server.
Note that we recommend using the helm chart installation if you want to add
clients. Take a look at the [helmchart documentation](helmchart) to see how you
can register clients if you install `single-sign-on` with the helm chart.
However, if you just want to test something on your docker-compose setup, keep
reading.
### Step 1: registering the client
`single-sign-on` uses Hydra to provide an API for creating clients. As a
starting point, you can have a look at `test/create-hydra-client.bash`. For more
information on the available scopes and endpoints, you can take a look at
`https://sso.<YOUR.DOMAIN>/.well-known/openid-configuration`.
Remember the `client_name` and `client_secret` you use to register your
application. You will need to enter the same name and secret in your application
configuration in the next step.
### Step 2: configuring the application
You still need to configure the application you want to be able to log into to
use the client you just registered. Some applications, like
[Grafana](https://grafana.com/docs/grafana/latest/auth/generic-oauth/), support
OpenID Connect out-of-the-box. Other applications, like
[Nextcloud](https://nextcloud.com/), require [a
plugin](https://apps.nextcloud.com/apps/sociallogin) to add this support.
Different applications support different authentication methods. Again, take a
look at the information available at
`https://sso.<YOUR.DOMAIN>/.well-known/openid-configuration` to see the methods
available to you with this single sign on server.
### Step 3: configure the user backend
After Step 2 you should be able to use the single sign-on function of your
application. After starting the authentication via single sign-on you should be
redirected to a login page that looks different from your application's default
login page. The only thing you need to do now is add the application to the user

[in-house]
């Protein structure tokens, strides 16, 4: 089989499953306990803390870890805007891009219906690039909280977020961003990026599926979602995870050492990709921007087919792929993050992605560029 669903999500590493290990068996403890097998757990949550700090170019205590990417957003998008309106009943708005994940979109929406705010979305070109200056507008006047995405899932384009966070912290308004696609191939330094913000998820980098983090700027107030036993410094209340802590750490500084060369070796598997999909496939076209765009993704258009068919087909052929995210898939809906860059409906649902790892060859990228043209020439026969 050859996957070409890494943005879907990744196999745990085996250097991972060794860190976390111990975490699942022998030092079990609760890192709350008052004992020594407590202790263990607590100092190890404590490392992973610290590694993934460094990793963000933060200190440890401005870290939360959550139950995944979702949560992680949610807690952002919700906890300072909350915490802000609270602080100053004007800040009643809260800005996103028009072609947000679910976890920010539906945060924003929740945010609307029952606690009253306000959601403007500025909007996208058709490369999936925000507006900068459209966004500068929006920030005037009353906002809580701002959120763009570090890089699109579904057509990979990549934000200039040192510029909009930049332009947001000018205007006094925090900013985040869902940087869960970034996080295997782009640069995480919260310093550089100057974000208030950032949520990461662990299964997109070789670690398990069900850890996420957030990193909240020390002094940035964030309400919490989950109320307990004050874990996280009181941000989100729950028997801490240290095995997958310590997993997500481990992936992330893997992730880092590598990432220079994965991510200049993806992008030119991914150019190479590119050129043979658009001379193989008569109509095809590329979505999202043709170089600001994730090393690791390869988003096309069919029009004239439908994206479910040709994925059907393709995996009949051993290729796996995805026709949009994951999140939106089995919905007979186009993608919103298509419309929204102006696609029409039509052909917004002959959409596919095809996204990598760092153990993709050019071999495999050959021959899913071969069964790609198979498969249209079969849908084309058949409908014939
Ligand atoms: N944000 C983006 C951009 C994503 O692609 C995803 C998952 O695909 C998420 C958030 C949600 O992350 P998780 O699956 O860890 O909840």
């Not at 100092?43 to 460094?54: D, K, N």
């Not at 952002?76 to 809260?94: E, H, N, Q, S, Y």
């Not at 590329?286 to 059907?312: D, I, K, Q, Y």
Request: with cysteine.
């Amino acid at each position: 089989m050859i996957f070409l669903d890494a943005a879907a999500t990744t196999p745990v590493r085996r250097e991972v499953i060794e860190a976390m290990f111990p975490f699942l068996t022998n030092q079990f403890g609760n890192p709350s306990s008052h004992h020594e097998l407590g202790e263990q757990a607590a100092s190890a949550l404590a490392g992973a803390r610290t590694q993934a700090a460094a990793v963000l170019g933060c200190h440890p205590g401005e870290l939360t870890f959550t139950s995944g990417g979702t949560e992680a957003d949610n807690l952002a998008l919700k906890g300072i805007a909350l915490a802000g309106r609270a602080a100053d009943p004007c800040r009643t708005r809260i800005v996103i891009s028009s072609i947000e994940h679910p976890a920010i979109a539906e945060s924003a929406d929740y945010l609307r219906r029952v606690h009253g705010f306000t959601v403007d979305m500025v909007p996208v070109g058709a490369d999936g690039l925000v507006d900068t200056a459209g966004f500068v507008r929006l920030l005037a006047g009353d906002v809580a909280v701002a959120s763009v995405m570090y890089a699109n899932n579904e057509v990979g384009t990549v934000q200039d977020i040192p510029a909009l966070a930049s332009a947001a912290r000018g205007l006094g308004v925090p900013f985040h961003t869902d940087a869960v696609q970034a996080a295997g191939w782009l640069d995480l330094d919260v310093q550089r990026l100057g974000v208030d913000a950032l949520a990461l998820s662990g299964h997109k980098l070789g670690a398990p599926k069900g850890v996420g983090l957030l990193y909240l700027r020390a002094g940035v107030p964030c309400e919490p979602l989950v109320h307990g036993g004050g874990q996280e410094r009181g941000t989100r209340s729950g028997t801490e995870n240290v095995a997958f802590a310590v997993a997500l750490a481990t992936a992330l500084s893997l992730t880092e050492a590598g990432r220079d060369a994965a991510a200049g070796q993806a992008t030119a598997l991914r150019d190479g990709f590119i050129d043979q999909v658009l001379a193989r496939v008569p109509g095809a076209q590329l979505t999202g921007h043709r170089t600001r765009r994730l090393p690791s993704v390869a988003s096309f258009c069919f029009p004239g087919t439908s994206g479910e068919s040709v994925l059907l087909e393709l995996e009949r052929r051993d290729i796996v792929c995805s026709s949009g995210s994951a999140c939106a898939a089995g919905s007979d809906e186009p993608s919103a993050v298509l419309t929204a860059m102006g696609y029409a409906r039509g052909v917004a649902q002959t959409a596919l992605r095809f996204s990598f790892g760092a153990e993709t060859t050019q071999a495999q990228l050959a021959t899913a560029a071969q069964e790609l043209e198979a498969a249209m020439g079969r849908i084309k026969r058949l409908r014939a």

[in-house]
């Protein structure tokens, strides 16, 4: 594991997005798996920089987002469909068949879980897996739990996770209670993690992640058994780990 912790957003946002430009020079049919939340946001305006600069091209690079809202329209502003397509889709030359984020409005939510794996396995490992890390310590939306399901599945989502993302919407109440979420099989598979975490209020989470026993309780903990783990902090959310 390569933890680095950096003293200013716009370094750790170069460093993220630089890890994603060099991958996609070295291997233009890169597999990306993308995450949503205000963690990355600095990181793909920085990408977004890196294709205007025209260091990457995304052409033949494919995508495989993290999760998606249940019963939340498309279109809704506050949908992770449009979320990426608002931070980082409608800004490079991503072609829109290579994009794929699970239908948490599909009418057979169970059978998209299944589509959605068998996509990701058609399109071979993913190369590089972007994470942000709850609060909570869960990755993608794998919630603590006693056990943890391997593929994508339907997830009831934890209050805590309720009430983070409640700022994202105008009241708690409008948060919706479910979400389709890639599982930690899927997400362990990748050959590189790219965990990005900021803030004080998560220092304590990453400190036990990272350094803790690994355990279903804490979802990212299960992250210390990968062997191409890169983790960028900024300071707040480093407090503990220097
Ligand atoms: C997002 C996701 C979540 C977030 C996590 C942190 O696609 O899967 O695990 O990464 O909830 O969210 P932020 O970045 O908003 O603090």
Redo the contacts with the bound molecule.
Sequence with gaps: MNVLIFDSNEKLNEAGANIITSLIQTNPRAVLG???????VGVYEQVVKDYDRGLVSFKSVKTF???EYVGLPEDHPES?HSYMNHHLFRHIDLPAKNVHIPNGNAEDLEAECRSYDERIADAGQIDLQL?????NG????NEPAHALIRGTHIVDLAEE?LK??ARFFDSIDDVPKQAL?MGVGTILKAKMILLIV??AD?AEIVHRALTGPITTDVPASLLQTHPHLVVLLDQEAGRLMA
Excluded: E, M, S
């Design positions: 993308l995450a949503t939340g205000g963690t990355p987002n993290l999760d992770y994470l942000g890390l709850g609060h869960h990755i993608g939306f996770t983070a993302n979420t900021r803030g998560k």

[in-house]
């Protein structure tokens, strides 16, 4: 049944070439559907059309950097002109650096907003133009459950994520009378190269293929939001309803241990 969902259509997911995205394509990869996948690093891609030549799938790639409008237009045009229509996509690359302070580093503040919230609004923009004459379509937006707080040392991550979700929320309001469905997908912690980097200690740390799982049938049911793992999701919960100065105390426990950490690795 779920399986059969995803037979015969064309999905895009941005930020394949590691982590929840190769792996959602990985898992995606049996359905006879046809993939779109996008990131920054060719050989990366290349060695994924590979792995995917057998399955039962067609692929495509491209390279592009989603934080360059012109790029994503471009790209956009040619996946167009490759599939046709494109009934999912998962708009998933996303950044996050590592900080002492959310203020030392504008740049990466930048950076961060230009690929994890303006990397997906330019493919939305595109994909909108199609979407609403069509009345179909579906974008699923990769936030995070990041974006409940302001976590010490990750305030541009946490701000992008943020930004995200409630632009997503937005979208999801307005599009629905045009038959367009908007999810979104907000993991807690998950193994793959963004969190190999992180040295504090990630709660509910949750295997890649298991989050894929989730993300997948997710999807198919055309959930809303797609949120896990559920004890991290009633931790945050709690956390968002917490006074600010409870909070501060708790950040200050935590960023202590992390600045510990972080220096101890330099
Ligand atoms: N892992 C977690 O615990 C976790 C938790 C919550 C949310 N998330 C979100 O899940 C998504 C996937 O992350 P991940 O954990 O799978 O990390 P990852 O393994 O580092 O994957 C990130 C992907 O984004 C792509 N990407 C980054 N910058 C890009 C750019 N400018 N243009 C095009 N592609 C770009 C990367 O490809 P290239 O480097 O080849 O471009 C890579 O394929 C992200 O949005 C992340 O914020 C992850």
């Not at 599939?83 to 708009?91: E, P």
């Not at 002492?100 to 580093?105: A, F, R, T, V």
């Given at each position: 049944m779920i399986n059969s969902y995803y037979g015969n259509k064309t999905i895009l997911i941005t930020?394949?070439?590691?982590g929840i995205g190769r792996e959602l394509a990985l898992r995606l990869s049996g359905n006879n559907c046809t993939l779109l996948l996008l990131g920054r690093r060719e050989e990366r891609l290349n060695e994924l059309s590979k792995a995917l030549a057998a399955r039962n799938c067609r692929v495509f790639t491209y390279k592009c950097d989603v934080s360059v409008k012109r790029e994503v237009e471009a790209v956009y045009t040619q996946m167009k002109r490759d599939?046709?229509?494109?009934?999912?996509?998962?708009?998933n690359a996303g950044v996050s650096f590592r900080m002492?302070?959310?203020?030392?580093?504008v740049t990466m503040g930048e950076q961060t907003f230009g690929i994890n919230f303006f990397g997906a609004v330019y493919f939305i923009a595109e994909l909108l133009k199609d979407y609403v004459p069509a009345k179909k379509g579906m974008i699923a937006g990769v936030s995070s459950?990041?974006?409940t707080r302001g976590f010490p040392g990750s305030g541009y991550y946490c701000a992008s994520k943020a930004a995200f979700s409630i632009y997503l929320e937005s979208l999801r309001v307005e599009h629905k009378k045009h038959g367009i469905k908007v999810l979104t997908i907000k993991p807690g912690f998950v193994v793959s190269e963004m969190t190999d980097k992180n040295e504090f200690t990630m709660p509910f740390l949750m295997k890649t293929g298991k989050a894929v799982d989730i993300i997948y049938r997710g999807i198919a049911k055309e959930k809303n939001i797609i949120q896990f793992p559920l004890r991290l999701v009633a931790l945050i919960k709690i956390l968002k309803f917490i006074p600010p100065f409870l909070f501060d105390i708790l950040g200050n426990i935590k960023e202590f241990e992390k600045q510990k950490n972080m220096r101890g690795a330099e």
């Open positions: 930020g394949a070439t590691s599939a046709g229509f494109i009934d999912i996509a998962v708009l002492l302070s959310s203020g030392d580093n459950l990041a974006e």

panel and add application permission to your users.
The easiest way to do so is to use the `utils` scripts in
`user-panel/backend/utils`.
If you are running your setup with docker compose simply execute:
```
docker exec -it $(docker ps | grep backend | awk '{ print $1 }') bash ./utils/create-application.bash <application-name> "<description>"
docker exec -it $(docker ps | grep backend | awk '{ print $1 }') bash ./utils/grant-access.bash <username> <application-name>
```
@ECHO OFF
pushd %~dp0
REM Command file for Sphinx documentation
if "%SPHINXBUILD%" == "" (
set SPHINXBUILD=sphinx-build
)
set SOURCEDIR=.
set BUILDDIR=_build
if "%1" == "" goto help
%SPHINXBUILD% >NUL 2>NUL
if errorlevel 9009 (
echo.
echo.The 'sphinx-build' command was not found. Make sure you have Sphinx
echo.installed, then set the SPHINXBUILD environment variable to point
echo.to the full path of the 'sphinx-build' executable. Alternatively you
echo.may add the Sphinx directory to PATH.
echo.
echo.If you don't have Sphinx installed, grab it from
echo.http://sphinx-doc.org/
exit /b 1
)
%SPHINXBUILD% -M %1 %SOURCEDIR% %BUILDDIR% %SPHINXOPTS% %O%
goto end
:help
%SPHINXBUILD% -M help %SOURCEDIR% %BUILDDIR% %SPHINXOPTS% %O%
:end
popd
sphinx>=2.3.1
sphinx_rtd_theme>=0.4.3
recommonmark>=0.6.0
# Usage
## Installlation instructions
Clone the repo and make sure to also fetch the submodules.
```
git submodule update --init
```
Installation should be done via the helm using the helmchart contained in
`./helmchart`. Make sure to edit the values in
`./helmchart/single-sign-on/values.yaml` according to your needs. To install the
helm chart, make sure Helm is properly set up in your Kubernetes cluster, then:
```
cd helmchart # Enter the helm chart directory
helm dep update # Download helm charts this chart relies on
helm install . # Run the installation command
```
For Details on how to configure the chart. Refer to [the Helm chart
chapter](helmchart)
### Managing users
`single-sign-on` includese a simple `user-panel` to manage users. To read more
about this, see the [user panel
documentation](https://docs.openappstack.net/projects/user-panel/)
# Single sign-on
Single sign-on adds an Authentication server to your k8s cluster, that can be used by
applications within your cluster and by external applications to log in your users.
This chart also includes a minimalistic user-panel which can be used
to create new users, assign roles to users and grant users access to applications.
## Prerequisites
* Kubernetes 1.13+ with Beta APIs enabled
* helm 2.14.3+
* ORY helm chart repository installed